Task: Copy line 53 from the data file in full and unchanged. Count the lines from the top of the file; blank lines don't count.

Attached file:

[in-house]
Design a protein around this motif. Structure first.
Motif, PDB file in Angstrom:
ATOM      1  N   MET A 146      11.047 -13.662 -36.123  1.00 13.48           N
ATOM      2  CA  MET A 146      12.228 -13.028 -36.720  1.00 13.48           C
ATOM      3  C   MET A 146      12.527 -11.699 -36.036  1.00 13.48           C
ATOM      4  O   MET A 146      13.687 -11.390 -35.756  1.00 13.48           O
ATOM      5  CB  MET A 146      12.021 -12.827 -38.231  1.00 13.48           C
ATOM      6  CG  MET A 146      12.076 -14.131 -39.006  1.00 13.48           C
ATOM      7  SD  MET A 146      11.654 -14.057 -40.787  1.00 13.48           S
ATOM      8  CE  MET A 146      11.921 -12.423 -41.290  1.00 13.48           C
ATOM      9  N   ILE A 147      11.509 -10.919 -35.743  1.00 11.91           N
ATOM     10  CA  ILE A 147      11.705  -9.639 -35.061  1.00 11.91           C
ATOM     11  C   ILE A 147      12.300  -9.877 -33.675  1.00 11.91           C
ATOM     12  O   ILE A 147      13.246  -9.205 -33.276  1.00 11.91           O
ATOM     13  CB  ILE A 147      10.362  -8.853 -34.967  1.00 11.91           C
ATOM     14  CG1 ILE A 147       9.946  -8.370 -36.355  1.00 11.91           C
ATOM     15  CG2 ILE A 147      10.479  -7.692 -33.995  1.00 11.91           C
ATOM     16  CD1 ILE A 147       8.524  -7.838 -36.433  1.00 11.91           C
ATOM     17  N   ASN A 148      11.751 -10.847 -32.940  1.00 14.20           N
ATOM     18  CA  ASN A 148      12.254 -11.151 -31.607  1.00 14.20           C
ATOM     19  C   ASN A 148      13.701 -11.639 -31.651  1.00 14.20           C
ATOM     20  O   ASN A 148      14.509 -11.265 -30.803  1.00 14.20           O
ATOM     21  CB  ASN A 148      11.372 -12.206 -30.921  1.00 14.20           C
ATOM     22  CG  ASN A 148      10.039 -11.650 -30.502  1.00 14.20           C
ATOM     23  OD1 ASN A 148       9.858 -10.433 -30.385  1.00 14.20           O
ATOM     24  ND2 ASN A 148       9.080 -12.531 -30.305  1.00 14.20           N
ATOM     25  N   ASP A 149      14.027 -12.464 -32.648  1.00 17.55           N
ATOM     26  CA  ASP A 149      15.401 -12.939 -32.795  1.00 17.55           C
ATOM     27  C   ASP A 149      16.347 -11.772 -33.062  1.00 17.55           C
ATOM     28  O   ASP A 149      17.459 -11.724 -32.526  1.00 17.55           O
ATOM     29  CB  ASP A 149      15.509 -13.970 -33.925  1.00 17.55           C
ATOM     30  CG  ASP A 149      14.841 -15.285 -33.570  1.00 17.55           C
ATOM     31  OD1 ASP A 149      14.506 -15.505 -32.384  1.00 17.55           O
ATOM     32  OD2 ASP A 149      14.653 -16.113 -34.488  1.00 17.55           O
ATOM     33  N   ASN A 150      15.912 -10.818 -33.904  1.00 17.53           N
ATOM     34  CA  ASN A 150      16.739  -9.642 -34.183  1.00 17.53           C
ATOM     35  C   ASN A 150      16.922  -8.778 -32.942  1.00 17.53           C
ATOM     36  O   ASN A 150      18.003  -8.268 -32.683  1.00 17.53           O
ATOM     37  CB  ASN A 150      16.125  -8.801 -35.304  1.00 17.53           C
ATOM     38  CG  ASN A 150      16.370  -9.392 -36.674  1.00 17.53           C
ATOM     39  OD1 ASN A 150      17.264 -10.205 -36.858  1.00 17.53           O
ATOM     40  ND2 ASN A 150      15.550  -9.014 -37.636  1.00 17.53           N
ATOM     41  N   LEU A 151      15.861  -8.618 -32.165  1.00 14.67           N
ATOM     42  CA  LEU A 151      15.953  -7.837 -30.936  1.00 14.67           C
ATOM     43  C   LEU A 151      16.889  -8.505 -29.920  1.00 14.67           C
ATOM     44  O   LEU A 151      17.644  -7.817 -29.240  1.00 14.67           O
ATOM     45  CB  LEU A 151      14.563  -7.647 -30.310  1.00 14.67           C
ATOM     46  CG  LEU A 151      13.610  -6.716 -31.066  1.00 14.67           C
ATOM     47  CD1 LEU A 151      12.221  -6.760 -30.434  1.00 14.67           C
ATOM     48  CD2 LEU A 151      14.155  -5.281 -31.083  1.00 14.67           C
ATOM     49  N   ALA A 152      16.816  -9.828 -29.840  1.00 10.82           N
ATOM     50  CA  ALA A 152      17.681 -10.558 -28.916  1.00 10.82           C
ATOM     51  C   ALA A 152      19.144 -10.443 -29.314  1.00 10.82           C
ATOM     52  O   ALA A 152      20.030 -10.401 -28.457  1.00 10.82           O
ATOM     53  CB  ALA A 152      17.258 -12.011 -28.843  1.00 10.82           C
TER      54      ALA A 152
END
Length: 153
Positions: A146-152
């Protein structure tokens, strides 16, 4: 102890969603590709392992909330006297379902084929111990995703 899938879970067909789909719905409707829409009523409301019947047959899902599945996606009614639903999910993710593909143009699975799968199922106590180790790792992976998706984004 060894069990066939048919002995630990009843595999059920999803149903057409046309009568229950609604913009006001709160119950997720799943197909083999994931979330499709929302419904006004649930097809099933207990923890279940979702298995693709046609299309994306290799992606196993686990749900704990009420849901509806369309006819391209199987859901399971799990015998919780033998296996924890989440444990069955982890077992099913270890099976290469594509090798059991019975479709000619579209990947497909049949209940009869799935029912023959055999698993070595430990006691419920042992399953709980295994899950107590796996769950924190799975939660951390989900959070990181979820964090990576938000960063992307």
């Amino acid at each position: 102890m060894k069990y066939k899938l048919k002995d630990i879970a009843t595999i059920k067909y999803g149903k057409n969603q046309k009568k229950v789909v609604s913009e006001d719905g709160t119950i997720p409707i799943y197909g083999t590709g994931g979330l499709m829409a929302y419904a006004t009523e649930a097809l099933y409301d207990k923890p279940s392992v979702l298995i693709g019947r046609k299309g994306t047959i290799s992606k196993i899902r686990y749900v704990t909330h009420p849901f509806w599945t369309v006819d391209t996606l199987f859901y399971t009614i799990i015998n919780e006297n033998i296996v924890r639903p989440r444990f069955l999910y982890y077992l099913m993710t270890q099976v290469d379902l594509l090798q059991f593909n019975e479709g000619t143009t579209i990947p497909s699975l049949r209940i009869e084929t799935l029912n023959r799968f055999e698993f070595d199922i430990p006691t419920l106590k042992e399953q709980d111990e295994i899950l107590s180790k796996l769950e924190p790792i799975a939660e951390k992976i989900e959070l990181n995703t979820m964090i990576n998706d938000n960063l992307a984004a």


ATOM     50  CA  ALA A 152      17.681 -10.558 -28.916  1.00 10.82           C